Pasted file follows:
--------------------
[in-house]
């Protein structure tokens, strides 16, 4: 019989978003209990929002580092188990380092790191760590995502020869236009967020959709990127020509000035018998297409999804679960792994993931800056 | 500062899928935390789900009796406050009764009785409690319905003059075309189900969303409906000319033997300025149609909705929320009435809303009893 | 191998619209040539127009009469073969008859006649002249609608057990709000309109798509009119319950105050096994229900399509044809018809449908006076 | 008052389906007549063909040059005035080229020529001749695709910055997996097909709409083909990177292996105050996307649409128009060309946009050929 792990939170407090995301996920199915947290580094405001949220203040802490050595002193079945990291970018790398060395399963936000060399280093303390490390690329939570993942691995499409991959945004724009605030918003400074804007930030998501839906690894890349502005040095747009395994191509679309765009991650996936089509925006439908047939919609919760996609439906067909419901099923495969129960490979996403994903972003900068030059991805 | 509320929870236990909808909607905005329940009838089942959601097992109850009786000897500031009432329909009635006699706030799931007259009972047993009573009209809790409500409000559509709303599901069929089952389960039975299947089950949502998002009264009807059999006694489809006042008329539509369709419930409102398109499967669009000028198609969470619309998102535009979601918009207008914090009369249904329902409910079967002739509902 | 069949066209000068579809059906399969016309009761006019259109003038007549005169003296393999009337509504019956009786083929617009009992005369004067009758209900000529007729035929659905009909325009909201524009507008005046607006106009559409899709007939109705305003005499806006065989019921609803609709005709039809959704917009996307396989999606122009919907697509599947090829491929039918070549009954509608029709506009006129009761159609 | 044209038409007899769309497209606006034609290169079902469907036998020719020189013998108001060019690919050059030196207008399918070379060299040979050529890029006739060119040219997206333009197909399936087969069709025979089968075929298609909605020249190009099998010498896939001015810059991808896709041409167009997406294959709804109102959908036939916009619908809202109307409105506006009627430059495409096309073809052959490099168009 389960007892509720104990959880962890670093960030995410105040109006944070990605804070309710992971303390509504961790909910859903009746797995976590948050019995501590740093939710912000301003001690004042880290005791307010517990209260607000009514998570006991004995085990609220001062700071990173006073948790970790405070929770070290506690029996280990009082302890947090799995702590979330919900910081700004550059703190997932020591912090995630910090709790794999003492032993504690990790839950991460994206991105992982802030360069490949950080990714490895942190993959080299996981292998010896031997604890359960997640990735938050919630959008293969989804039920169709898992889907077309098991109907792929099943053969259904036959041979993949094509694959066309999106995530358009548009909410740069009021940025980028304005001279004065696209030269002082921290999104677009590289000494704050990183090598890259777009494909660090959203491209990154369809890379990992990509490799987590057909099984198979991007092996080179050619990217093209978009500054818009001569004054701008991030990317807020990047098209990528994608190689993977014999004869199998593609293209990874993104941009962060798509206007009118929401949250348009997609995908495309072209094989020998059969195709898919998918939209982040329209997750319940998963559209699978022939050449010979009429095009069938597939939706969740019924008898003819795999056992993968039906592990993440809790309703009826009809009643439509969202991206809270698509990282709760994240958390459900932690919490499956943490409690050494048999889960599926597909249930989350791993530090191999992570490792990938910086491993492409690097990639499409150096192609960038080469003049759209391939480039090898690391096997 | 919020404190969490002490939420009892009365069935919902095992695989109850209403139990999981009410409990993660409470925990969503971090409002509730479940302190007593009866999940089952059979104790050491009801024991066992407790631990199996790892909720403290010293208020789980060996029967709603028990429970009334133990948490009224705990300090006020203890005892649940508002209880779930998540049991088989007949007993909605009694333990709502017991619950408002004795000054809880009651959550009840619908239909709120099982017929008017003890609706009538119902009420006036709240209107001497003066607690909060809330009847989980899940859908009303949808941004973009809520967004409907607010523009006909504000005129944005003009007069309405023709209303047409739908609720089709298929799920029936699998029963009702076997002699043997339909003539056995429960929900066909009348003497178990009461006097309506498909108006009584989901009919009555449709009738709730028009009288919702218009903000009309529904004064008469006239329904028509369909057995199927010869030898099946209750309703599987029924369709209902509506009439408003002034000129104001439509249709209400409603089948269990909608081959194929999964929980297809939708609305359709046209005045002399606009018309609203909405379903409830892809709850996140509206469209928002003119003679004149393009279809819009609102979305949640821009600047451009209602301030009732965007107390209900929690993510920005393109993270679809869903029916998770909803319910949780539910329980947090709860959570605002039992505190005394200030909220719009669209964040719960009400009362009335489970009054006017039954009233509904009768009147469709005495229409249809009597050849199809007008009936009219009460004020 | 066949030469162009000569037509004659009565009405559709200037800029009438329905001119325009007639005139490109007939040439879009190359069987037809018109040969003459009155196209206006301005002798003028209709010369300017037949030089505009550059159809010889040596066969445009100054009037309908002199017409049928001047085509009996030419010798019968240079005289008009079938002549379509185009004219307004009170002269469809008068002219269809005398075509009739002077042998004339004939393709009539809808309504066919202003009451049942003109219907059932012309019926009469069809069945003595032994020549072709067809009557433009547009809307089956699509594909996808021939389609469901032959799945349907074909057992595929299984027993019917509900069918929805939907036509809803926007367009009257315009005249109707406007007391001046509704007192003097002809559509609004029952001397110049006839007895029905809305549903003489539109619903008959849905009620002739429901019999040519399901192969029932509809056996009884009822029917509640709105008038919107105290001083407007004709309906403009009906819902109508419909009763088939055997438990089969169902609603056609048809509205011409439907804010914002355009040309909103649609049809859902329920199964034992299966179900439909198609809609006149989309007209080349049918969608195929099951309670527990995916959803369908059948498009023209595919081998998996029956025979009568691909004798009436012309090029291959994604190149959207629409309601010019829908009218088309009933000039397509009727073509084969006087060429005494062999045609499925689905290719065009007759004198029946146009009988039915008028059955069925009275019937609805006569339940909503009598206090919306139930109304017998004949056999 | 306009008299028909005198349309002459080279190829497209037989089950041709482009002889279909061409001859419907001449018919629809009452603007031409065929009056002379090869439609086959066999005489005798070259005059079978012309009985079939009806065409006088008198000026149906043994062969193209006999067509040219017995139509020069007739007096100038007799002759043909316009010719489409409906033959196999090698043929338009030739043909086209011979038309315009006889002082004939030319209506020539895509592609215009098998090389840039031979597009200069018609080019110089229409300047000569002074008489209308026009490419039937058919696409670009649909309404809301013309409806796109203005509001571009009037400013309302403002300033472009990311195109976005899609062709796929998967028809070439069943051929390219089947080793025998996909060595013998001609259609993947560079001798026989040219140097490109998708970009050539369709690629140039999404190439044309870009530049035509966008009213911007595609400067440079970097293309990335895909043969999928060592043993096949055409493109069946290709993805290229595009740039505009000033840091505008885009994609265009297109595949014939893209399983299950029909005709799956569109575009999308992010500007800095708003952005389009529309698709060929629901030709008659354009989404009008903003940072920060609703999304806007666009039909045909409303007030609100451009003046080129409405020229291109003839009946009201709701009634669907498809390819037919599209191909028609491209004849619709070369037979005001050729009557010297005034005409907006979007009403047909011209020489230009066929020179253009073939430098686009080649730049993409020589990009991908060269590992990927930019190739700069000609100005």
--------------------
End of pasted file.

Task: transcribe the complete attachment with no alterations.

[in-house]
């Protein structure tokens, strides 16, 4: 019989978003209990929002580092188990380092790191760590995502020869236009967020959709990127020509000035018998297409999804679960792994993931800056 | 500062899928935390789900009796406050009764009785409690319905003059075309189900969303409906000319033997300025149609909705929320009435809303009893 | 191998619209040539127009009469073969008859006649002249609608057990709000309109798509009119319950105050096994229900399509044809018809449908006076 | 008052389906007549063909040059005035080229020529001749695709910055997996097909709409083909990177292996105050996307649409128009060309946009050929 792990939170407090995301996920199915947290580094405001949220203040802490050595002193079945990291970018790398060395399963936000060399280093303390490390690329939570993942691995499409991959945004724009605030918003400074804007930030998501839906690894890349502005040095747009395994191509679309765009991650996936089509925006439908047939919609919760996609439906067909419901099923495969129960490979996403994903972003900068030059991805 | 509320929870236990909808909607905005329940009838089942959601097992109850009786000897500031009432329909009635006699706030799931007259009972047993009573009209809790409500409000559509709303599901069929089952389960039975299947089950949502998002009264009807059999006694489809006042008329539509369709419930409102398109499967669009000028198609969470619309998102535009979601918009207008914090009369249904329902409910079967002739509902 | 069949066209000068579809059906399969016309009761006019259109003038007549005169003296393999009337509504019956009786083929617009009992005369004067009758209900000529007729035929659905009909325009909201524009507008005046607006106009559409899709007939109705305003005499806006065989019921609803609709005709039809959704917009996307396989999606122009919907697509599947090829491929039918070549009954509608029709506009006129009761159609 | 044209038409007899769309497209606006034609290169079902469907036998020719020189013998108001060019690919050059030196207008399918070379060299040979050529890029006739060119040219997206333009197909399936087969069709025979089968075929298609909605020249190009099998010498896939001015810059991808896709041409167009997406294959709804109102959908036939916009619908809202109307409105506006009627430059495409096309073809052959490099168009 389960007892509720104990959880962890670093960030995410105040109006944070990605804070309710992971303390509504961790909910859903009746797995976590948050019995501590740093939710912000301003001690004042880290005791307010517990209260607000009514998570006991004995085990609220001062700071990173006073948790970790405070929770070290506690029996280990009082302890947090799995702590979330919900910081700004550059703190997932020591912090995630910090709790794999003492032993504690990790839950991460994206991105992982802030360069490949950080990714490895942190993959080299996981292998010896031997604890359960997640990735938050919630959008293969989804039920169709898992889907077309098991109907792929099943053969259904036959041979993949094509694959066309999106995530358009548009909410740069009021940025980028304005001279004065696209030269002082921290999104677009590289000494704050990183090598890259777009494909660090959203491209990154369809890379990992990509490799987590057909099984198979991007092996080179050619990217093209978009500054818009001569004054701008991030990317807020990047098209990528994608190689993977014999004869199998593609293209990874993104941009962060798509206007009118929401949250348009997609995908495309072209094989020998059969195709898919998918939209982040329209997750319940998963559209699978022939050449010979009429095009069938597939939706969740019924008898003819795999056992993968039906592990993440809790309703009826009809009643439509969202991206809270698509990282709760994240958390459900932690919490499956943490409690050494048999889960599926597909249930989350791993530090191999992570490792990938910086491993492409690097990639499409150096192609960038080469003049759209391939480039090898690391096997 | 919020404190969490002490939420009892009365069935919902095992695989109850209403139990999981009410409990993660409470925990969503971090409002509730479940302190007593009866999940089952059979104790050491009801024991066992407790631990199996790892909720403290010293208020789980060996029967709603028990429970009334133990948490009224705990300090006020203890005892649940508002209880779930998540049991088989007949007993909605009694333990709502017991619950408002004795000054809880009651959550009840619908239909709120099982017929008017003890609706009538119902009420006036709240209107001497003066607690909060809330009847989980899940859908009303949808941004973009809520967004409907607010523009006909504000005129944005003009007069309405023709209303047409739908609720089709298929799920029936699998029963009702076997002699043997339909003539056995429960929900066909009348003497178990009461006097309506498909108006009584989901009919009555449709009738709730028009009288919702218009903000009309529904004064008469006239329904028509369909057995199927010869030898099946209750309703599987029924369709209902509506009439408003002034000129104001439509249709209400409603089948269990909608081959194929999964929980297809939708609305359709046209005045002399606009018309609203909405379903409830892809709850996140509206469209928002003119003679004149393009279809819009609102979305949640821009600047451009209602301030009732965007107390209900929690993510920005393109993270679809869903029916998770909803319910949780539910329980947090709860959570605002039992505190005394200030909220719009669209964040719960009400009362009335489970009054006017039954009233509904009768009147469709005495229409249809009597050849199809007008009936009219009460004020 | 066949030469162009000569037509004659009565009405559709200037800029009438329905001119325009007639005139490109007939040439879009190359069987037809018109040969003459009155196209206006301005002798003028209709010369300017037949030089505009550059159809010889040596066969445009100054009037309908002199017409049928001047085509009996030419010798019968240079005289008009079938002549379509185009004219307004009170002269469809008068002219269809005398075509009739002077042998004339004939393709009539809808309504066919202003009451049942003109219907059932012309019926009469069809069945003595032994020549072709067809009557433009547009809307089956699509594909996808021939389609469901032959799945349907074909057992595929299984027993019917509900069918929805939907036509809803926007367009009257315009005249109707406007007391001046509704007192003097002809559509609004029952001397110049006839007895029905809305549903003489539109619903008959849905009620002739429901019999040519399901192969029932509809056996009884009822029917509640709105008038919107105290001083407007004709309906403009009906819902109508419909009763088939055997438990089969169902609603056609048809509205011409439907804010914002355009040309909103649609049809859902329920199964034992299966179900439909198609809609006149989309007209080349049918969608195929099951309670527990995916959803369908059948498009023209595919081998998996029956025979009568691909004798009436012309090029291959994604190149959207629409309601010019829908009218088309009933000039397509009727073509084969006087060429005494062999045609499925689905290719065009007759004198029946146009009988039915008028059955069925009275019937609805006569339940909503009598206090919306139930109304017998004949056999 | 306009008299028909005198349309002459080279190829497209037989089950041709482009002889279909061409001859419907001449018919629809009452603007031409065929009056002379090869439609086959066999005489005798070259005059079978012309009985079939009806065409006088008198000026149906043994062969193209006999067509040219017995139509020069007739007096100038007799002759043909316009010719489409409906033959196999090698043929338009030739043909086209011979038309315009006889002082004939030319209506020539895509592609215009098998090389840039031979597009200069018609080019110089229409300047000569002074008489209308026009490419039937058919696409670009649909309404809301013309409806796109203005509001571009009037400013309302403002300033472009990311195109976005899609062709796929998967028809070439069943051929390219089947080793025998996909060595013998001609259609993947560079001798026989040219140097490109998708970009050539369709690629140039999404190439044309870009530049035509966008009213911007595609400067440079970097293309990335895909043969999928060592043993096949055409493109069946290709993805290229595009740039505009000033840091505008885009994609265009297109595949014939893209399983299950029909005709799956569109575009999308992010500007800095708003952005389009529309698709060929629901030709008659354009989404009008903003940072920060609703999304806007666009039909045909409303007030609100451009003046080129409405020229291109003839009946009201709701009634669907498809390819037919599209191909028609491209004849619709070369037979005001050729009557010297005034005409907006979007009403047909011209020489230009066929020179253009073939430098686009080649730049993409020589990009991908060269590992990927930019190739700069000609100005």